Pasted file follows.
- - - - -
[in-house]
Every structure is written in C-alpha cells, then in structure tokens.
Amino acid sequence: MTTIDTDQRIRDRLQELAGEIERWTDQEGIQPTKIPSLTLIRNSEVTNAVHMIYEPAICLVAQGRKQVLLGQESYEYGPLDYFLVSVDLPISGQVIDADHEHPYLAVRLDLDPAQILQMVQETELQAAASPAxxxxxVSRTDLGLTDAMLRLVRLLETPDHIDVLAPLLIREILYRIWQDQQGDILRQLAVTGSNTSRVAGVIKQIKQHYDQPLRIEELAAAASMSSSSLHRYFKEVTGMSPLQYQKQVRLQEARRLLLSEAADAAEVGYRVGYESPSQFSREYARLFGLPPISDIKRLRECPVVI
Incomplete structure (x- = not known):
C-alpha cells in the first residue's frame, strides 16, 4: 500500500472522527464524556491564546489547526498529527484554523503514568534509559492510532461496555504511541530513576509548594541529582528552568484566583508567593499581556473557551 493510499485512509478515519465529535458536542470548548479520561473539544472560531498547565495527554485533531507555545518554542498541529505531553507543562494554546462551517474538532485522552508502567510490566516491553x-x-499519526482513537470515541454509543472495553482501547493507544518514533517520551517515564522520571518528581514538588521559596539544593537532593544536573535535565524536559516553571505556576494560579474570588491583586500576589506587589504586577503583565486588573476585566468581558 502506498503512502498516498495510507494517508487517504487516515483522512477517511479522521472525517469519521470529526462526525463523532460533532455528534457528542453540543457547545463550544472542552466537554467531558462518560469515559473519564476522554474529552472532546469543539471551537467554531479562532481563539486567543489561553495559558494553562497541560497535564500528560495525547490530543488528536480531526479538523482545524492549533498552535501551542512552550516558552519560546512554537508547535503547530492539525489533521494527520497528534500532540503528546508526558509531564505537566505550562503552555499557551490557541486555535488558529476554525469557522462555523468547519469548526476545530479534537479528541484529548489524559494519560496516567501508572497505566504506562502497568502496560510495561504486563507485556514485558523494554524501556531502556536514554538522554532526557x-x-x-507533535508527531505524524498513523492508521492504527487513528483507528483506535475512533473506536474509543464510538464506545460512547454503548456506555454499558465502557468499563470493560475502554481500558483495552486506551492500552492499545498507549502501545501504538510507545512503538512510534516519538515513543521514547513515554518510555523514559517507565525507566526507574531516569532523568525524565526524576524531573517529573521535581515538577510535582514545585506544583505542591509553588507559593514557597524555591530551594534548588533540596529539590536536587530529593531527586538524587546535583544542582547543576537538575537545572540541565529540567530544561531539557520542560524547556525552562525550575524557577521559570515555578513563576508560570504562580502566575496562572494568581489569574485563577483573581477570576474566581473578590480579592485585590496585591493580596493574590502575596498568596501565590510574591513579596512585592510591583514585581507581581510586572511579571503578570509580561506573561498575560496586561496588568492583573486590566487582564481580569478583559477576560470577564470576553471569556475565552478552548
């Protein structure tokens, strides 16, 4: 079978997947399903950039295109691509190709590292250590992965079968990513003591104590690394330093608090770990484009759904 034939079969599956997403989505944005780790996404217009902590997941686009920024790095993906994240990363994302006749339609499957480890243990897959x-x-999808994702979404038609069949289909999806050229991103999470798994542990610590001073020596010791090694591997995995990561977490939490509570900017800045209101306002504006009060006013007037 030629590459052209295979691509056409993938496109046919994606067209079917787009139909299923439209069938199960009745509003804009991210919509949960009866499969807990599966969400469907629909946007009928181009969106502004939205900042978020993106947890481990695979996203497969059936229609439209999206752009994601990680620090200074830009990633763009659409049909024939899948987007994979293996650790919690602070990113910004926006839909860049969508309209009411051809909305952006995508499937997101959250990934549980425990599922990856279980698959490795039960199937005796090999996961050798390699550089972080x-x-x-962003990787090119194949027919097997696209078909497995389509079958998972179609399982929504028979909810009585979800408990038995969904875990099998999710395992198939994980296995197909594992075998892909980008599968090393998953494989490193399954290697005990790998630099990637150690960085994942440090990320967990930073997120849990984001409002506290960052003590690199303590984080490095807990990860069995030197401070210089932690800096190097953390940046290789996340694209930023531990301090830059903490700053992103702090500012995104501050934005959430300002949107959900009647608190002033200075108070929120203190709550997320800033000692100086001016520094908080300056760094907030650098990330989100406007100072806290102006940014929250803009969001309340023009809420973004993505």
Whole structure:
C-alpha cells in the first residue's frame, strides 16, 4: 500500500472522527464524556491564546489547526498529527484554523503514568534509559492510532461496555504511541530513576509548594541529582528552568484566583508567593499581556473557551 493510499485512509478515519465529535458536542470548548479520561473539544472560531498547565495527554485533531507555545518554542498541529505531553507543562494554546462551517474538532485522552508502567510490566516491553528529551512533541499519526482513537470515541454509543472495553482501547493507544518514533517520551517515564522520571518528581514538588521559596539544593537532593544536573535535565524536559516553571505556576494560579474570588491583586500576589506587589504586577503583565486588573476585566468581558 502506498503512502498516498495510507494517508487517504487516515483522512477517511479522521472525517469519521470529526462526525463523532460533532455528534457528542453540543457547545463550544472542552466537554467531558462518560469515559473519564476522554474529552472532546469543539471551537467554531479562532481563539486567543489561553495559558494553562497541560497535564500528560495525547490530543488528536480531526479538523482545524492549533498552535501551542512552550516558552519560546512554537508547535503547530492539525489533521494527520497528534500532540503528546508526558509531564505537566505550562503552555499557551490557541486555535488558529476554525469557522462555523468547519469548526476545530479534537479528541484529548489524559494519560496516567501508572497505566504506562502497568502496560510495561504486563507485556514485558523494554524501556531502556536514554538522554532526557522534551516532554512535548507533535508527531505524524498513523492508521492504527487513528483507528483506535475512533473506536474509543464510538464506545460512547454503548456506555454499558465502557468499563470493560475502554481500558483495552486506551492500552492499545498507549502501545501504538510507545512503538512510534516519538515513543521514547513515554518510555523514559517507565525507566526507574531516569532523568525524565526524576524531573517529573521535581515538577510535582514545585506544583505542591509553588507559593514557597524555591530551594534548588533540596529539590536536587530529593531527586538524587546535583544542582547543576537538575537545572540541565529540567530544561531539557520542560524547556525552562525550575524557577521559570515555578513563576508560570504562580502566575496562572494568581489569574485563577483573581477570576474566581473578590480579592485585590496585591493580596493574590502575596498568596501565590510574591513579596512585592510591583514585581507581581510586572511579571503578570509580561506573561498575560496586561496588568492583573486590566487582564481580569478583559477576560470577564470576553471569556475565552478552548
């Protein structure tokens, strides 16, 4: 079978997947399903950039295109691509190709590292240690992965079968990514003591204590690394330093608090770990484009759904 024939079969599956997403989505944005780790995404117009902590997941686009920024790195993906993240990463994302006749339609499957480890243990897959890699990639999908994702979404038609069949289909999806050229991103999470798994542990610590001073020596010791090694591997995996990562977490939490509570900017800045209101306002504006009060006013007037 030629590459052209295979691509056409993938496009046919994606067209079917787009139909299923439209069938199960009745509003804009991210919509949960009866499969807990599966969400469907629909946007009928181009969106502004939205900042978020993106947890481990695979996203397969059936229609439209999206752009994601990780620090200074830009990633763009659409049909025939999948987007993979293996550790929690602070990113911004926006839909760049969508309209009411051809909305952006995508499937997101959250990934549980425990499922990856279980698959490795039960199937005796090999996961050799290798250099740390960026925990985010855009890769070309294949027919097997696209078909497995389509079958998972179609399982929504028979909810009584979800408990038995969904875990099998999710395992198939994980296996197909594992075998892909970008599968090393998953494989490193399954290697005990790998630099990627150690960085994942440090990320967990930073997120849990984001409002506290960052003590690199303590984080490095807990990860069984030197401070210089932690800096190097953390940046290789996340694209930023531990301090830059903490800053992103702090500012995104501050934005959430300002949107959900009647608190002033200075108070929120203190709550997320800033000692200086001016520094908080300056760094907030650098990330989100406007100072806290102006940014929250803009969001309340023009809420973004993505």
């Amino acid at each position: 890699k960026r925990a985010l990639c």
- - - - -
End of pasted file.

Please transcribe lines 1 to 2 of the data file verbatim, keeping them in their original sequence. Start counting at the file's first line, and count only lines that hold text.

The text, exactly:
[in-house]
Every structure is written in C-alpha cells, then in structure tokens.